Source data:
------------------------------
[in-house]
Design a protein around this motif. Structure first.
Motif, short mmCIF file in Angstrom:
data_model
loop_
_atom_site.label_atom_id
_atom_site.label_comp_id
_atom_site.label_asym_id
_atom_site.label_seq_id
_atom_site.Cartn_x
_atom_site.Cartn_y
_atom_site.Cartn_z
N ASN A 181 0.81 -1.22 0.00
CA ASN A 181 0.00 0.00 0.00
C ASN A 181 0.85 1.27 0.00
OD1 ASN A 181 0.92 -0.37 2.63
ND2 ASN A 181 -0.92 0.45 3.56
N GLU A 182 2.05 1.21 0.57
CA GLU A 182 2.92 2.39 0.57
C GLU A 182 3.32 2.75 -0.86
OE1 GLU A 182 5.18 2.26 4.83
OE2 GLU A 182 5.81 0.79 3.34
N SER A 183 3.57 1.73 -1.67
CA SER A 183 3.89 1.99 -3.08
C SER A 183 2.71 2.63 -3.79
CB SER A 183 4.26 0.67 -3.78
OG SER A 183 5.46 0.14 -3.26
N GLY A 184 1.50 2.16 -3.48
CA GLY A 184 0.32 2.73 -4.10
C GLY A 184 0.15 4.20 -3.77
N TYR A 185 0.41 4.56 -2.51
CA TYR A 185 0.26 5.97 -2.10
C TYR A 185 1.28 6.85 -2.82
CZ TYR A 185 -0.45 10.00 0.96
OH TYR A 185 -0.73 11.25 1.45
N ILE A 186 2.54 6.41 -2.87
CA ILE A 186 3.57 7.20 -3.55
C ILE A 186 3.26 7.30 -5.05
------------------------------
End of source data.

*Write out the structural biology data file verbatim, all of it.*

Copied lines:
[in-house]
Design a protein around this motif. Structure first.
Motif, short mmCIF file in Angstrom:
data_model
loop_
_atom_site.label_atom_id
_atom_site.label_comp_id
_atom_site.label_asym_id
_atom_site.label_seq_id
_atom_site.Cartn_x
_atom_site.Cartn_y
_atom_site.Cartn_z
N ASN A 181 0.81 -1.22 0.00
CA ASN A 181 0.00 0.00 0.00
C ASN A 181 0.85 1.27 0.00
OD1 ASN A 181 0.92 -0.37 2.63
ND2 ASN A 181 -0.92 0.45 3.56
N GLU A 182 2.05 1.21 0.57
CA GLU A 182 2.92 2.39 0.57
C GLU A 182 3.32 2.75 -0.86
OE1 GLU A 182 5.18 2.26 4.83
OE2 GLU A 182 5.81 0.79 3.34
N SER A 183 3.57 1.73 -1.67
CA SER A 183 3.89 1.99 -3.08
C SER A 183 2.71 2.63 -3.79
CB SER A 183 4.26 0.67 -3.78
OG SER A 183 5.46 0.14 -3.26
N GLY A 184 1.50 2.16 -3.48
CA GLY A 184 0.32 2.73 -4.10
C GLY A 184 0.15 4.20 -3.77
N TYR A 185 0.41 4.56 -2.51
CA TYR A 185 0.26 5.97 -2.10
C TYR A 185 1.28 6.85 -2.82
CZ TYR A 185 -0.45 10.00 0.96
OH TYR A 185 -0.73 11.25 1.45
N ILE A 186 2.54 6.41 -2.87
CA ILE A 186 3.57 7.20 -3.55
C ILE A 186 3.26 7.30 -5.05